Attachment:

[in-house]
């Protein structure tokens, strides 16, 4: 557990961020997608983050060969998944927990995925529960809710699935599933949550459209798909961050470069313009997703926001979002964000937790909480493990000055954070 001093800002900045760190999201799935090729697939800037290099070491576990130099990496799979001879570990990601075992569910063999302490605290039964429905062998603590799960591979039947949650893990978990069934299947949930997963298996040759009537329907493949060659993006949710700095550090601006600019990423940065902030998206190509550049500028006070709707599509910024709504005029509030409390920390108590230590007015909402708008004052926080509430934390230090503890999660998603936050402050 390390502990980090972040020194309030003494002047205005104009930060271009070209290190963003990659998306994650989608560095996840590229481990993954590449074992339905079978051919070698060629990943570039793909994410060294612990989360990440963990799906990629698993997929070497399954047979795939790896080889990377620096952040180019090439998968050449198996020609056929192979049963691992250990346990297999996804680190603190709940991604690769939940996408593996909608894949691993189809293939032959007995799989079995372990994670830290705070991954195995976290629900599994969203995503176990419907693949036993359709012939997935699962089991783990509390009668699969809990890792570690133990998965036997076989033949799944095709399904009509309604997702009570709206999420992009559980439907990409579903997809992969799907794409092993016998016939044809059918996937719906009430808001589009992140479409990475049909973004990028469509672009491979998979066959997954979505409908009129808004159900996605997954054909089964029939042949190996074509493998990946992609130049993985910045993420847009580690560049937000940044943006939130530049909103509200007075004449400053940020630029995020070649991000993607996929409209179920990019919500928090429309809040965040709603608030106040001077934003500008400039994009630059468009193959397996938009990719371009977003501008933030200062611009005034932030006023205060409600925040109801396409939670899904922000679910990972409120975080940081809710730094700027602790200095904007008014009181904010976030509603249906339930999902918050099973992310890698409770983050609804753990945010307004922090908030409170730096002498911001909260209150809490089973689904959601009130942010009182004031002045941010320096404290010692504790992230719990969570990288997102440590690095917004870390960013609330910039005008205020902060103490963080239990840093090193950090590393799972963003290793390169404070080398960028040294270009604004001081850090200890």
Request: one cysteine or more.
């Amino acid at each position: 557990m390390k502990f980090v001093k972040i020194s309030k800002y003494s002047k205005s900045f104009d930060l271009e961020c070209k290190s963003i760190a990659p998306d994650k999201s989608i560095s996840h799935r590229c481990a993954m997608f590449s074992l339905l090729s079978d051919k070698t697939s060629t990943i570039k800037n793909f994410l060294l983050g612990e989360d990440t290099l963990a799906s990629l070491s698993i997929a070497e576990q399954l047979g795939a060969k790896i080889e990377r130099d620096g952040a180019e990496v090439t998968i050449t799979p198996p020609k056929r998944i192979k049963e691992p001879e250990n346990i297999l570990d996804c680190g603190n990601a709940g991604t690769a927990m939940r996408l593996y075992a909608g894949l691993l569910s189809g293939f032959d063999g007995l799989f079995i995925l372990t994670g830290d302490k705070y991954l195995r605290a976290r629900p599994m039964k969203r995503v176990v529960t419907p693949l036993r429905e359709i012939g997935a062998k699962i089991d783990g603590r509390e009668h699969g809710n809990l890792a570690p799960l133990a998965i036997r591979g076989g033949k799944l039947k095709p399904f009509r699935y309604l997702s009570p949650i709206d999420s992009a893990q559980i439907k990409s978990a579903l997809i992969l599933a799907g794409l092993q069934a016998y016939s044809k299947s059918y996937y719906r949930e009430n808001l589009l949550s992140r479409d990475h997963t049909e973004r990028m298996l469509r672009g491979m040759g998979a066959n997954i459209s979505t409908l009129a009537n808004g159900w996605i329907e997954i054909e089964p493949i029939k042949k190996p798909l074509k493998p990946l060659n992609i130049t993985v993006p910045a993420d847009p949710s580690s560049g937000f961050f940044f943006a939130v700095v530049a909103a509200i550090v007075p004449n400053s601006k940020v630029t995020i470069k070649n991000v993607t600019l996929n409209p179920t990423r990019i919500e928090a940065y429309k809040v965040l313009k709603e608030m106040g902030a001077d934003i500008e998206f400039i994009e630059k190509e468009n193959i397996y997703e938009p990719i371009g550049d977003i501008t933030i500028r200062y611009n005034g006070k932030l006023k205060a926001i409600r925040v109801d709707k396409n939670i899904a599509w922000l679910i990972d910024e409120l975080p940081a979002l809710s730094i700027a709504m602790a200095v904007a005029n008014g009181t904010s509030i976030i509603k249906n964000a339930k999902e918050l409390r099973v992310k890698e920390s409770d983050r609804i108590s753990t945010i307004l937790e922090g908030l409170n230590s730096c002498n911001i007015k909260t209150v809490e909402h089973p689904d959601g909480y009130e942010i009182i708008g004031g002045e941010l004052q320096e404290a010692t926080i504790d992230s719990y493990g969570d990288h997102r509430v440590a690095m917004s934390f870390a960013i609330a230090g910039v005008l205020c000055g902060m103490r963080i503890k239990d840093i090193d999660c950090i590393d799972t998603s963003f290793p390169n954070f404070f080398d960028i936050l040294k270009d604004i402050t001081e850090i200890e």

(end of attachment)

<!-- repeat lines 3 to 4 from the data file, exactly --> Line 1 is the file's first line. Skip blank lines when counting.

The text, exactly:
Request: one cysteine or more.
């Amino acid at each position: 557990m390390k502990f980090v001093k972040i020194s309030k800002y003494s002047k205005s900045f104009d930060l271009e961020c070209k290190s963003i760190a990659p998306d994650k999201s989608i560095s996840h799935r590229c481990a993954m997608f590449s074992l339905l090729s079978d051919k070698t697939s060629t990943i570039k800037n793909f994410l060294l983050g612990e989360d990440t290099l963990a799906s990629l070491s698993i997929a070497e576990q399954l047979g795939a060969k790896i080889e990377r130099d620096g952040a180019e990496v090439t998968i050449t799979p198996p020609k056929r998944i192979k049963e691992p001879e250990n346990i297999l570990d996804c680190g603190n990601a709940g991604t690769a927990m939940r996408l593996y075992a909608g894949l691993l569910s189809g293939f032959d063999g007995l799989f079995i995925l372990t994670g830290d302490k705070y991954l195995r605290a976290r629900p599994m039964k969203r995503v176990v529960t419907p693949l036993r429905e359709i012939g997935a062998k699962i089991d783990g603590r509390e009668h699969g809710n809990l890792a570690p799960l133990a998965i036997r591979g076989g033949k799944l039947k095709p399904f009509r699935y309604l997702s009570p949650i709206d999420s992009a893990q559980i439907k990409s978990a579903l997809i992969l599933a799907g794409l092993q069934a016998y016939s044809k299947s059918y996937y719906r949930e009430n808001l589009l949550s992140r479409d990475h997963t049909e973004r990028m298996l469509r672009g491979m040759g998979a066959n997954i459209s979505t409908l009129a009537n808004g159900w996605i329907e997954i054909e089964p493949i029939k042949k190996p798909l074509k493998p990946l060659n992609i130049t993985v993006p910045a993420d847009p949710s580690s560049g937000f961050f940044f943006a939130v700095v530049a909103a509200i550090v007075p004449n400053s601006k940020v630029t995020i470069k070649n991000v993607t600019l996929n409209p179920t990423r990019i919500e928090a940065y429309k809040v965040l313009k709603e608030m106040g902030a001077d934003i500008e998206f400039i994009e630059k190509e468009n193959i397996y997703e938009p990719i371009g550049d977003i501008t933030i500028r200062y611009n005034g006070k932030l006023k205060a926001i409600r925040v109801d709707k396409n939670i899904a599509w922000l679910i990972d910024e409120l975080p940081a979002l809710s730094i700027a709504m602790a200095v904007a005029n008014g009181t904010s509030i976030i509603k249906n964000a339930k999902e918050l409390r099973v992310k890698e920390s409770d983050r609804i108590s753990t945010i307004l937790e922090g908030l409170n230590s730096c002498n911001i007015k909260t209150v809490e909402h089973p689904d959601g909480y009130e942010i009182i708008g004031g002045e941010l004052q320096e404290a010692t926080i504790d992230s719990y493990g969570d990288h997102r509430v440590a690095m917004s934390f870390a960013i609330a230090g910039v005008l205020c000055g902060m103490r963080i503890k239990d840093i090193d999660c950090i590393d799972t998603s963003f290793p390169n954070f404070f080398d960028i936050l040294k270009d604004i402050t001081e850090i200890e």